The ins-and-outs of buying property with your partner
Buying property with your partner is exciting, but it's also a huge step in a relationship. To avoid future financial complications, let's take a look at how to structure your home loan, property ownership and more.
From inspecting potential new homes to coming up with interior design plans, buying property with your partner is an exciting time. However, it’s also a huge step in the relationship, with landmines along the way that should be deactivated before you jump in. A relationship break-up is the most obvious issue, along with current and future financial implications for you both.
Let’s take a look at what you need to know, so you can get back to those design plans.
Buying property with your partner is an exciting time.
Structuring homes loans and property ownership
The way you structure your home loan and property ownership makes all the difference when it comes to potential issues in the future. No one wants to think that one of those issues could be the end of a relationship. However, we can’t predict the future, so asking the hard questions now is the best way of protecting yourself from anything going wrong down the track.
There are different ways you can own property together and, depending on your circumstances, it’s best to choose the right one from the beginning.
If you and your partner feel like you’re seriously in it for the long haul, becoming joint tenants might be the way forward for you. It means that you both have an equal interest in the property, regardless of who pays the deposit or whether or not it’s an equal amount. You’re also equally entitled to any income the property makes and jointly responsible for any costs it acquires.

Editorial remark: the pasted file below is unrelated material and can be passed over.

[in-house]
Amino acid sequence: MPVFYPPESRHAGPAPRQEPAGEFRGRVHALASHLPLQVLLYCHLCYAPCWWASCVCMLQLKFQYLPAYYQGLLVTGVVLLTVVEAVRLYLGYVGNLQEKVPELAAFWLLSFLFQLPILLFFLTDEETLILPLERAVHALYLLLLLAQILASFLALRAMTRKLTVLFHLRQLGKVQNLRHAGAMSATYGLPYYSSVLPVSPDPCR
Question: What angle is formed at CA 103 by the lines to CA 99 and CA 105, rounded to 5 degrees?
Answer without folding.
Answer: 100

If one of you passes away, the other receives entire ownership of the property and this applies even if someone’s will states otherwise. The biggest issue with joint tenancy usually arises if one of you wants to sell the property in the future, but the other doesn’t. You’ll need to jump through a lot of hoops in order for the sale to go through and splitting assets can be hard, as you both own everything.
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Tenants in common
Becoming tenants in common offers more flexibility, in terms of individual finances, which often suits couples with unequal deposits or ongoing funds to contribute. This is because you split ownership of the property and are only responsible for your contribution. In terms of receiving income, you’re entitled to your share based on the percentage that you own, rather than the entire amount. Also, your share can be left to someone else, in the event of your death.
Make everything clear from the outset
Discussing an exit strategy doesn’t mean you’re expecting doom and gloom for your relationship. It’s simply a smart way to approach structuring your loan. From the beginning, talk about future aspirations, who might get the property in the event of a breakup and what your expectations are. Think about your mortgage agreement, in terms of who’s liable to pay if one of you can’t for some reason.
Seeking professional financial help is the best way to keep it all firmly in the realm of smart investment choices, to ensure you’re protected in the future, no matter what.
This information is provided by DPN Pty Ltd ABN: 94 630 700 186, Australian Credit Licence 514759. DPN Finance Pty Ltd is an authorised credit representative 504129 and a related entity of DPN Pty Ltd. Casa Capace Operations Pty Ltd ABN: 79 624 981 184, NDIS provider Number 4050038018 trading as Casa Capace.